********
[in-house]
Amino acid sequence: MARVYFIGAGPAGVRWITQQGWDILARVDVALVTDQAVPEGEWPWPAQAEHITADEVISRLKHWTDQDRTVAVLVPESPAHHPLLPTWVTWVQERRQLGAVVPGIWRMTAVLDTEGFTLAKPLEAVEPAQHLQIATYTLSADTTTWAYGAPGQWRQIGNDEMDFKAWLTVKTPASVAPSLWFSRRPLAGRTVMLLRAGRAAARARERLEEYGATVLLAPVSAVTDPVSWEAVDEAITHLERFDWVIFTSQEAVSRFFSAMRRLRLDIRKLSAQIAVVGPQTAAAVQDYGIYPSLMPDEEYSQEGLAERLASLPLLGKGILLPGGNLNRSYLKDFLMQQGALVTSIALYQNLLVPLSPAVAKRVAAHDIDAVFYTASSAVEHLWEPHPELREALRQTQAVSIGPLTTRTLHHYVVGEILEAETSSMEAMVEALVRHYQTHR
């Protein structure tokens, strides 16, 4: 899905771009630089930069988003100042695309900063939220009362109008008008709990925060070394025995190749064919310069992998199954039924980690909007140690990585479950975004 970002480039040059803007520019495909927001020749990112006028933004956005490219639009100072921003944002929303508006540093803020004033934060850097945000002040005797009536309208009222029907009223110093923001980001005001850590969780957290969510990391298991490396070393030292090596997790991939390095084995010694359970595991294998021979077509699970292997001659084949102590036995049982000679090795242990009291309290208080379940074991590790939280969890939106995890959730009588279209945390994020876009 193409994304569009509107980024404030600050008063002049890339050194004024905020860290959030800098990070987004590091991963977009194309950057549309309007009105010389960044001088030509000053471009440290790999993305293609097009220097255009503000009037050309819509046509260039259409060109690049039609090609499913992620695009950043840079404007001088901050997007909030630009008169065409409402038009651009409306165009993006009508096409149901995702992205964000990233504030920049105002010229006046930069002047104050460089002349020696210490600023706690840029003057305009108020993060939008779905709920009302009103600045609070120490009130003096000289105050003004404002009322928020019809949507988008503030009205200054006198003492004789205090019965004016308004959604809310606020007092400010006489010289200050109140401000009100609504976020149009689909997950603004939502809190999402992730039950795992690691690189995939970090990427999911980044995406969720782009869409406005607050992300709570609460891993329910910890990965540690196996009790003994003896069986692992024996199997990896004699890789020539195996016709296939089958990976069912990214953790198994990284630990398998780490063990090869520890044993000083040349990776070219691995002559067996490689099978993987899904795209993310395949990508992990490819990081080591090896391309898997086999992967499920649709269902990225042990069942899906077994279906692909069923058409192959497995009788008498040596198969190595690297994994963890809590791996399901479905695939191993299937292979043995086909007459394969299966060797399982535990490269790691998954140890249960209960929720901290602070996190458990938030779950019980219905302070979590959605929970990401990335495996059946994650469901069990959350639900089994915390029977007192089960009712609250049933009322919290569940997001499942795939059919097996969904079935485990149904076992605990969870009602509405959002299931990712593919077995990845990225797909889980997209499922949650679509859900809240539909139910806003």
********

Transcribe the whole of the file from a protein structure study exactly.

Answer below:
[in-house]
Amino acid sequence: MARVYFIGAGPAGVRWITQQGWDILARVDVALVTDQAVPEGEWPWPAQAEHITADEVISRLKHWTDQDRTVAVLVPESPAHHPLLPTWVTWVQERRQLGAVVPGIWRMTAVLDTEGFTLAKPLEAVEPAQHLQIATYTLSADTTTWAYGAPGQWRQIGNDEMDFKAWLTVKTPASVAPSLWFSRRPLAGRTVMLLRAGRAAARARERLEEYGATVLLAPVSAVTDPVSWEAVDEAITHLERFDWVIFTSQEAVSRFFSAMRRLRLDIRKLSAQIAVVGPQTAAAVQDYGIYPSLMPDEEYSQEGLAERLASLPLLGKGILLPGGNLNRSYLKDFLMQQGALVTSIALYQNLLVPLSPAVAKRVAAHDIDAVFYTASSAVEHLWEPHPELREALRQTQAVSIGPLTTRTLHHYVVGEILEAETSSMEAMVEALVRHYQTHR
């Protein structure tokens, strides 16, 4: 899905771009630089930069988003100042695309900063939220009362109008008008709990925060070394025995190749064919310069992998199954039924980690909007140690990585479950975004 970002480039040059803007520019495909927001020749990112006028933004956005490219639009100072921003944002929303508006540093803020004033934060850097945000002040005797009536309208009222029907009223110093923001980001005001850590969780957290969510990391298991490396070393030292090596997790991939390095084995010694359970595991294998021979077509699970292997001659084949102590036995049982000679090795242990009291309290208080379940074991590790939280969890939106995890959730009588279209945390994020876009 193409994304569009509107980024404030600050008063002049890339050194004024905020860290959030800098990070987004590091991963977009194309950057549309309007009105010389960044001088030509000053471009440290790999993305293609097009220097255009503000009037050309819509046509260039259409060109690049039609090609499913992620695009950043840079404007001088901050997007909030630009008169065409409402038009651009409306165009993006009508096409149901995702992205964000990233504030920049105002010229006046930069002047104050460089002349020696210490600023706690840029003057305009108020993060939008779905709920009302009103600045609070120490009130003096000289105050003004404002009322928020019809949507988008503030009205200054006198003492004789205090019965004016308004959604809310606020007092400010006489010289200050109140401000009100609504976020149009689909997950603004939502809190999402992730039950795992690691690189995939970090990427999911980044995406969720782009869409406005607050992300709570609460891993329910910890990965540690196996009790003994003896069986692992024996199997990896004699890789020539195996016709296939089958990976069912990214953790198994990284630990398998780490063990090869520890044993000083040349990776070219691995002559067996490689099978993987899904795209993310395949990508992990490819990081080591090896391309898997086999992967499920649709269902990225042990069942899906077994279906692909069923058409192959497995009788008498040596198969190595690297994994963890809590791996399901479905695939191993299937292979043995086909007459394969299966060797399982535990490269790691998954140890249960209960929720901290602070996190458990938030779950019980219905302070979590959605929970990401990335495996059946994650469901069990959350639900089994915390029977007192089960009712609250049933009322919290569940997001499942795939059919097996969904079935485990149904076992605990969870009602509405959002299931990712593919077995990845990225797909889980997209499922949650679509859900809240539909139910806003």